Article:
Cosmetic and topical products need not be sterile but may contain low levels of microbial load during use. This study was conducted to determine and compare the level and type of microbial contaminants in commercial cosmetic products sold in the market and a laboratory prepared aqueous cream and their preservative capacities while in use.
Ten brands of commercially available cosmetic creams and lotions were randomly purchased from the open markets in Benin City. Aqueous Cream was also prepared. Their bacterial and fungal loads as well as types were evaluated. Preservative capacity was evaluated by challenging the creams and lotions with washed and characterized isolates of Staph. aureus
and viable counting was performed by the surface viable method. The prepared aqueous cream was similarly challenged with the test organism.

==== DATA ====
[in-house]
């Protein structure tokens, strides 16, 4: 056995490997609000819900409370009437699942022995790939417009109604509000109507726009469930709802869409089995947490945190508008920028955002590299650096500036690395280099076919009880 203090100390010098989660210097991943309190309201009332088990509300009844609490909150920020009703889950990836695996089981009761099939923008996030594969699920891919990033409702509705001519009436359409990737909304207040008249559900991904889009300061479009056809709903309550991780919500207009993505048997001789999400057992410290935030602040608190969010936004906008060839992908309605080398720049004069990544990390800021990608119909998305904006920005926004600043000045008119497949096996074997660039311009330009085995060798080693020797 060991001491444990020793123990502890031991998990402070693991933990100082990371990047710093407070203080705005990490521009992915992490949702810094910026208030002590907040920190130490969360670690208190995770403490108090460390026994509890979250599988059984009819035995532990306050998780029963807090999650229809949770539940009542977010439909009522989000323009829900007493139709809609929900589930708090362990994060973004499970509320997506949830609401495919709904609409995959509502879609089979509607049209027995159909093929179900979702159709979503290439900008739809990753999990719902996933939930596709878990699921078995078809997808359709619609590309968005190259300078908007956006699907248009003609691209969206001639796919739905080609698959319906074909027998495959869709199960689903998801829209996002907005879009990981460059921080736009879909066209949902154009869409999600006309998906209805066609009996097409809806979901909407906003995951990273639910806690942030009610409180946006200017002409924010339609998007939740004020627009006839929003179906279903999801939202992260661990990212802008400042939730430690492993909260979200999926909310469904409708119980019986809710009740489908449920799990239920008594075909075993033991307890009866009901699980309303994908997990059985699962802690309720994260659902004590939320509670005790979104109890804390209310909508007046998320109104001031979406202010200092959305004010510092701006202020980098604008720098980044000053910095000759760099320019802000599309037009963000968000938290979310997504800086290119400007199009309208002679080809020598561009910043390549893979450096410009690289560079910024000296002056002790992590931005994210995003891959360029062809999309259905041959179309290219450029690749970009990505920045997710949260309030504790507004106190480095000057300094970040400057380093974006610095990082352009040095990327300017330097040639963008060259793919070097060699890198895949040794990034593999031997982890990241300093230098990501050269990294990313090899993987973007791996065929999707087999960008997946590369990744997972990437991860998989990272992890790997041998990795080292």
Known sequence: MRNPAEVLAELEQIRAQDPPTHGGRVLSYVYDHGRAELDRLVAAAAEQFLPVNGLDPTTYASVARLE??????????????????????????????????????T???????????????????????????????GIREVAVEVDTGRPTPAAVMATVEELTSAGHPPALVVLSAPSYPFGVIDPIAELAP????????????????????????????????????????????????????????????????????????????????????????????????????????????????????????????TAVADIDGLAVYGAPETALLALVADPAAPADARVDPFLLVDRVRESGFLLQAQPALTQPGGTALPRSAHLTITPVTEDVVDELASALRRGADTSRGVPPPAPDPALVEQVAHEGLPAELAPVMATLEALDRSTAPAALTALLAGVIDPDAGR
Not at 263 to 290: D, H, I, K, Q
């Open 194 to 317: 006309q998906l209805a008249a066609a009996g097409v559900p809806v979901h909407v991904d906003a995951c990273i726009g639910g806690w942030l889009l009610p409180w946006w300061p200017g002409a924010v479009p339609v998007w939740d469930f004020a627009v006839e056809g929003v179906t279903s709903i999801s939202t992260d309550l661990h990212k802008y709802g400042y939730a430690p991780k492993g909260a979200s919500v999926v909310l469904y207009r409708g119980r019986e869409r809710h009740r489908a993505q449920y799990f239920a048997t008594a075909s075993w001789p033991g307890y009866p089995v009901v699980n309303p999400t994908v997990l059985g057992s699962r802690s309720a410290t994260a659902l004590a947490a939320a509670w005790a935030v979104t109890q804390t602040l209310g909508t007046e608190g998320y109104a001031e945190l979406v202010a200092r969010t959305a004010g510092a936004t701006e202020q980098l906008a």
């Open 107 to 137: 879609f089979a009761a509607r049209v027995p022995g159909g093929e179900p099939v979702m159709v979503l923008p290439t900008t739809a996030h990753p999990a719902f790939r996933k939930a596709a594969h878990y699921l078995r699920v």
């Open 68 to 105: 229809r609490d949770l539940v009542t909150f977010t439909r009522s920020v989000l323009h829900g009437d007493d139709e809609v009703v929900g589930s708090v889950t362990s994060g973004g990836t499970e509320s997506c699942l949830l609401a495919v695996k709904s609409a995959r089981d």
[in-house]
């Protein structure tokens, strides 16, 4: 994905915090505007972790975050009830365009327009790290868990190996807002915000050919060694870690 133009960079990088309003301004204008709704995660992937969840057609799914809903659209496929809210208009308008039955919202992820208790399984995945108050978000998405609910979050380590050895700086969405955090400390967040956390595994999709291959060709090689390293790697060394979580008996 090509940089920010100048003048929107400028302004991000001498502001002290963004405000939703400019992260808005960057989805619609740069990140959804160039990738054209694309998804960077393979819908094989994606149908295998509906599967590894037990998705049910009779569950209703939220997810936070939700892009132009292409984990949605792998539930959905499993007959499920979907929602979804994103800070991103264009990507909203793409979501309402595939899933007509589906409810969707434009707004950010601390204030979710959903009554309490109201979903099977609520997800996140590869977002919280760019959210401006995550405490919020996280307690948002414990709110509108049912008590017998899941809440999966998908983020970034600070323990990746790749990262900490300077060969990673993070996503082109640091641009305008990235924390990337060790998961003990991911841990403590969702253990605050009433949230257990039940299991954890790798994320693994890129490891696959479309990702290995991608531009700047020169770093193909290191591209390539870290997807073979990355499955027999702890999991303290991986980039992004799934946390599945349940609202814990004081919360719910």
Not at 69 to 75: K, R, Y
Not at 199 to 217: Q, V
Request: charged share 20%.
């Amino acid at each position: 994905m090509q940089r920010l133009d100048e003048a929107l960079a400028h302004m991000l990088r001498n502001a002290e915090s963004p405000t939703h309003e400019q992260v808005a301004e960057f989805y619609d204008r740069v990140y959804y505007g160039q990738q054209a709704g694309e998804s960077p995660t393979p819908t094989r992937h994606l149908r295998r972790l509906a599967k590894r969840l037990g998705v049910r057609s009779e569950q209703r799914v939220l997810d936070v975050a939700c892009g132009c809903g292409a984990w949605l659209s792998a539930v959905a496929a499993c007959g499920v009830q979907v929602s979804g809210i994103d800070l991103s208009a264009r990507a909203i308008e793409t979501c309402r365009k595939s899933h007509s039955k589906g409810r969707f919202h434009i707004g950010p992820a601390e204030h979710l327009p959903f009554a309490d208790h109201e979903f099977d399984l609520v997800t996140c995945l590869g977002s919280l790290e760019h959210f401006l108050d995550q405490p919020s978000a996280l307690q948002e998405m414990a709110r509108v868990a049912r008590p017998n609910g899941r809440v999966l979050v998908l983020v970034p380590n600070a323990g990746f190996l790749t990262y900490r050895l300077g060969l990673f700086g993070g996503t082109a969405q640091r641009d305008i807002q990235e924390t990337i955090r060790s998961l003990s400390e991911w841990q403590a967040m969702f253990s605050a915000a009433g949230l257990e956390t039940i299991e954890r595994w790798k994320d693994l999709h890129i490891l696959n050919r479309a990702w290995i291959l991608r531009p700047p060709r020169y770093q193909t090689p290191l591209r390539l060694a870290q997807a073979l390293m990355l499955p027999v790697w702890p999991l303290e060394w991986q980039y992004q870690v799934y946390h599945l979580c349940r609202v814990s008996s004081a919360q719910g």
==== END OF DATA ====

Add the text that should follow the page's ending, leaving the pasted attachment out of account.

All the products were contaminated to varying degrees. Staphylococci and other gram-positive cocci were the most preponderant; gram-negative isolates were hardly found. Fungal contaminants consisted largely of Asp. fumigatus
species. Challenge test (re-infection) with Staph. aureus
revealed the commercial products as having low capacity for suppressing bacterial proliferation such as may be encountered during in -use contamination.
Commercial cosmetic creams and lotions evaluated did not generally meet the standards for microbial limits as specified in official monographs. Such products can adversely affect health status of consumers as well as the stability profiles of the products.